On his blog, Kent from Anideo has started writing about transitioning from PHP/Rails programming to developing iOS apps. He writes very candidly and it’s a great read, both for web developers looking to dive into iOS, and for anyone teaching introductory programming.
I say the latter because Kent’s perspectives on compiled languages really surprised me (and, perhaps, other programmers who didn’t start with web programming). In this post, he tells us how, prior to doing iOS development, he had no idea what header and implementation files were. Worse, he couldn’t find much helpful information on the web, even on Stack Overflow.
Perhaps it’s a generational thing — many computer science majors before Kent probably cut their teeth entirely on compiled languages, and transitioning to web programming should have come pretty naturally to these folks. Going the other way, however, could seem very strange, even to a seasoned web programmer like Kent. (This could also explain the paucity of good information on SO, assuming that most contributors there are old and cranky enough to be all “WTF? You don’t know what .h files are?”.)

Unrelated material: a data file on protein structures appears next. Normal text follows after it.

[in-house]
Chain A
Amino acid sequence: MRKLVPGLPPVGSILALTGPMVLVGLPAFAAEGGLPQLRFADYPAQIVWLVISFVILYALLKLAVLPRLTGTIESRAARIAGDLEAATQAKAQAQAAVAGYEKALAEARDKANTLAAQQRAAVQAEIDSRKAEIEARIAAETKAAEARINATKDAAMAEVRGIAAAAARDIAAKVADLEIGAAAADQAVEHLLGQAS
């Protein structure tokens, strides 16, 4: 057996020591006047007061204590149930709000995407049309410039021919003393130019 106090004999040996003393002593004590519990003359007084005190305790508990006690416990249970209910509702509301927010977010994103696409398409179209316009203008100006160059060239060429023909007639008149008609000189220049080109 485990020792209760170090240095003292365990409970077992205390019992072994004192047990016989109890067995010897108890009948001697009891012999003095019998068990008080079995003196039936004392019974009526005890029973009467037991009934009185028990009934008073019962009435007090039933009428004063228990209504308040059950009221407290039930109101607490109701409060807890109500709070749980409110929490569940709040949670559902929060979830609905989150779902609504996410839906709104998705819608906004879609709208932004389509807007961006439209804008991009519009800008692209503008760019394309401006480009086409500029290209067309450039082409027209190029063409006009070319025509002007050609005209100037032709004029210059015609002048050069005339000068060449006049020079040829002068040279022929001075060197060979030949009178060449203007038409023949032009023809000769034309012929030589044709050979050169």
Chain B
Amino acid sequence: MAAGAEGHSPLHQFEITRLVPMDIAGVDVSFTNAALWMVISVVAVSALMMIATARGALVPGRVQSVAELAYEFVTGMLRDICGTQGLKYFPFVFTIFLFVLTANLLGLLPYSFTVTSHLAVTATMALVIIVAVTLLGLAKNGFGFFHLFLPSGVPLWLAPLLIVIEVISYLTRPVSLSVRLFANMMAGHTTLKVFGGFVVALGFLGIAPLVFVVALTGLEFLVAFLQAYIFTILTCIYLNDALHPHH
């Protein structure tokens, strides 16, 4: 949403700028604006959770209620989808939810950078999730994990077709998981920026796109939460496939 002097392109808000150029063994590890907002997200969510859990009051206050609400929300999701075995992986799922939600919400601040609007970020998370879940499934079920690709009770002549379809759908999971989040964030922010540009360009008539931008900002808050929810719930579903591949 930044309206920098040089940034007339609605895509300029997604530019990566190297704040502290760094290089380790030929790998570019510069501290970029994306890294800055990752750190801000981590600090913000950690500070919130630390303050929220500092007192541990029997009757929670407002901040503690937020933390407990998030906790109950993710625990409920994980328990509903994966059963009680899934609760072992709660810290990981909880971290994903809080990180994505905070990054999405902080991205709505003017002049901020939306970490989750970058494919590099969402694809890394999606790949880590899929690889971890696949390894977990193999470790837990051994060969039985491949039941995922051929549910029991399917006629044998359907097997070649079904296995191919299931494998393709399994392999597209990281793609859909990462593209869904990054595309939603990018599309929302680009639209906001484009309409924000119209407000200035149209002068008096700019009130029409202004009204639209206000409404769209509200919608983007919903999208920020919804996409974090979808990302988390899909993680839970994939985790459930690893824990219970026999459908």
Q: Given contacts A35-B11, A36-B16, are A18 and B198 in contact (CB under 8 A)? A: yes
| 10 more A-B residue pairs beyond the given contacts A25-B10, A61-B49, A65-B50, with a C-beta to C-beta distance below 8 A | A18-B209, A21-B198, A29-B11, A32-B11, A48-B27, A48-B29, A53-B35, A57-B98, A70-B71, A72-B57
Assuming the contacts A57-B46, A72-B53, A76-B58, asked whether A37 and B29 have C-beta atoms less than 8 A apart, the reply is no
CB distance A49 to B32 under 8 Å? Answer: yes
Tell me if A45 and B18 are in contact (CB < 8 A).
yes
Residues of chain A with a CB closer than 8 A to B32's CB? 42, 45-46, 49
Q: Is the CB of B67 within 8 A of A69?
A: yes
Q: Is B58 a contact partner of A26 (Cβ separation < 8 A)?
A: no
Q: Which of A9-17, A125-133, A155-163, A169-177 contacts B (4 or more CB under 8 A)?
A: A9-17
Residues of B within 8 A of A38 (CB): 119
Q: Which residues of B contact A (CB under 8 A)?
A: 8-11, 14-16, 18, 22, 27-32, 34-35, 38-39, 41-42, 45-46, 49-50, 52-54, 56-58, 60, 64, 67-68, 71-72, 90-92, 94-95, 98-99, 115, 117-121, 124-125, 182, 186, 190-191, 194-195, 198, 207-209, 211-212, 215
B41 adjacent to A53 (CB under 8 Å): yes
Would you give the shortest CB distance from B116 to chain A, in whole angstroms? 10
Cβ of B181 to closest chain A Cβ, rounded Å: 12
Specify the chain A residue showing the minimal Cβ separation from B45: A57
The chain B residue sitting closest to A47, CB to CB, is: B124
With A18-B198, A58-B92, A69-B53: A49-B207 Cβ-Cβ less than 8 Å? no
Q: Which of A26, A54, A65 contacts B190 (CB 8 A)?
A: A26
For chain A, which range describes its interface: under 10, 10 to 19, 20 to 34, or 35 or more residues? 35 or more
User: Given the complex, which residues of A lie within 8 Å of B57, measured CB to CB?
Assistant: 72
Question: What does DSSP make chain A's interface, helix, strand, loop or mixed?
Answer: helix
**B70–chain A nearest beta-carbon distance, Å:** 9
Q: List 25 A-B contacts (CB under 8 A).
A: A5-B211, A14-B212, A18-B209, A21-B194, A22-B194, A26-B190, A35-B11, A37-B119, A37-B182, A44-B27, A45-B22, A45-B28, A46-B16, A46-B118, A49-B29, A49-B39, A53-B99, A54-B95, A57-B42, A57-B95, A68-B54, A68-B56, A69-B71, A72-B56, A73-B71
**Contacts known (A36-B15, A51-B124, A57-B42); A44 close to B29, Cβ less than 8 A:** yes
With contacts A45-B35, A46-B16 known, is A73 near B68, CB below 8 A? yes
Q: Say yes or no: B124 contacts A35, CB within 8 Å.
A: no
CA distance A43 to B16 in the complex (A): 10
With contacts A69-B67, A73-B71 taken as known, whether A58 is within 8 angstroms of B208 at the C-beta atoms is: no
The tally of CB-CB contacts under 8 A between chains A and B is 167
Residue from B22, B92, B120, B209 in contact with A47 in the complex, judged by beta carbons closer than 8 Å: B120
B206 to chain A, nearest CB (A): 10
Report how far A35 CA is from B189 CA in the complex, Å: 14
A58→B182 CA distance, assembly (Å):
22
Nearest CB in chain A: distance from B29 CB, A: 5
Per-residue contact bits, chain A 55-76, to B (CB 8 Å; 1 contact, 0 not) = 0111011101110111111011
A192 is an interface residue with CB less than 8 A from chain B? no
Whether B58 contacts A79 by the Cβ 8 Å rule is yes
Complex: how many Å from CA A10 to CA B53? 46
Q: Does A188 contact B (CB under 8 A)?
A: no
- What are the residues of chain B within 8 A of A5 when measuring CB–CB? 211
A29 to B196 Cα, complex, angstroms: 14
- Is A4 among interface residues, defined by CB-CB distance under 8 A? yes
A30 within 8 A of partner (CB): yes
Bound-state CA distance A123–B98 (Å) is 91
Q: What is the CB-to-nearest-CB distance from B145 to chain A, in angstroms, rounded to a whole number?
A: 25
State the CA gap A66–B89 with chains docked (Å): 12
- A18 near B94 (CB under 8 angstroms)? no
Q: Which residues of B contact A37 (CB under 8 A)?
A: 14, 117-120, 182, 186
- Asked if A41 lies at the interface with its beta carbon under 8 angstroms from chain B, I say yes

What do these developments mean? Probably not much to the field — “native” programming isn’t going away, and many more like Kent will figure their way into it — but for programming education, teachers may need to adjust quite a few assumptions about “what students already know” and “what to teach first”. There could also be a market for web-to-compiled textbooks. Oooh. (Watch as I proceed to fire up iBooks Author, fully aware that I’ll close an empty document in a few days.)